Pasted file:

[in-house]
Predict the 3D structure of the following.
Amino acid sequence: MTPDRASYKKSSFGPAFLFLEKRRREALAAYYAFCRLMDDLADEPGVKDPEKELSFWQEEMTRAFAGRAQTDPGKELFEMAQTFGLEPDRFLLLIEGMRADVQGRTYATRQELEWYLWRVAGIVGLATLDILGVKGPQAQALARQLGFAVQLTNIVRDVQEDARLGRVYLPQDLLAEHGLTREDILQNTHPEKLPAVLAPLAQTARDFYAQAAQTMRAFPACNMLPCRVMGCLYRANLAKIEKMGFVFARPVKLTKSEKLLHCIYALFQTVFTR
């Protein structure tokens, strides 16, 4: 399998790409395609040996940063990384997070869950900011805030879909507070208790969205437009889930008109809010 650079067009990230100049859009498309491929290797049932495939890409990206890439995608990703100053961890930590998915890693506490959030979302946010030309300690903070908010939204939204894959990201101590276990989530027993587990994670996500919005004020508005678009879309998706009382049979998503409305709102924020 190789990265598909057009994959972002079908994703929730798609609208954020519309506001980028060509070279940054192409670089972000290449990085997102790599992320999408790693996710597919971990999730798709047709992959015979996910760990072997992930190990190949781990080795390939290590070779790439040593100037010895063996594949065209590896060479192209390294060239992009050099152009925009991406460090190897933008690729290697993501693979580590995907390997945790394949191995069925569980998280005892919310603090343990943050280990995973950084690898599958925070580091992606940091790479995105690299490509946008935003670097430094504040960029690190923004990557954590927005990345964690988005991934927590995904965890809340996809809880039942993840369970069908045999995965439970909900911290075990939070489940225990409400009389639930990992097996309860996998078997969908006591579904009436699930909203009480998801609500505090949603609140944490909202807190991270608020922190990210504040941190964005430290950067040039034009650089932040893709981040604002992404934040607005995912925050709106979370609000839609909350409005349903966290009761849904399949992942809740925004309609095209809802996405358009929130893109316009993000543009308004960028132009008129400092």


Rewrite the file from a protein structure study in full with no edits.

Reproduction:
[in-house]
Predict the 3D structure of the following.
Amino acid sequence: MTPDRASYKKSSFGPAFLFLEKRRREALAAYYAFCRLMDDLADEPGVKDPEKELSFWQEEMTRAFAGRAQTDPGKELFEMAQTFGLEPDRFLLLIEGMRADVQGRTYATRQELEWYLWRVAGIVGLATLDILGVKGPQAQALARQLGFAVQLTNIVRDVQEDARLGRVYLPQDLLAEHGLTREDILQNTHPEKLPAVLAPLAQTARDFYAQAAQTMRAFPACNMLPCRVMGCLYRANLAKIEKMGFVFARPVKLTKSEKLLHCIYALFQTVFTR
């Protein structure tokens, strides 16, 4: 399998790409395609040996940063990384997070869950900011805030879909507070208790969205437009889930008109809010 650079067009990230100049859009498309491929290797049932495939890409990206890439995608990703100053961890930590998915890693506490959030979302946010030309300690903070908010939204939204894959990201101590276990989530027993587990994670996500919005004020508005678009879309998706009382049979998503409305709102924020 190789990265598909057009994959972002079908994703929730798609609208954020519309506001980028060509070279940054192409670089972000290449990085997102790599992320999408790693996710597919971990999730798709047709992959015979996910760990072997992930190990190949781990080795390939290590070779790439040593100037010895063996594949065209590896060479192209390294060239992009050099152009925009991406460090190897933008690729290697993501693979580590995907390997945790394949191995069925569980998280005892919310603090343990943050280990995973950084690898599958925070580091992606940091790479995105690299490509946008935003670097430094504040960029690190923004990557954590927005990345964690988005991934927590995904965890809340996809809880039942993840369970069908045999995965439970909900911290075990939070489940225990409400009389639930990992097996309860996998078997969908006591579904009436699930909203009480998801609500505090949603609140944490909202807190991270608020922190990210504040941190964005430290950067040039034009650089932040893709981040604002992404934040607005995912925050709106979370609000839609909350409005349903966290009761849904399949992942809740925004309609095209809802996405358009929130893109316009993000543009308004960028132009008129400092």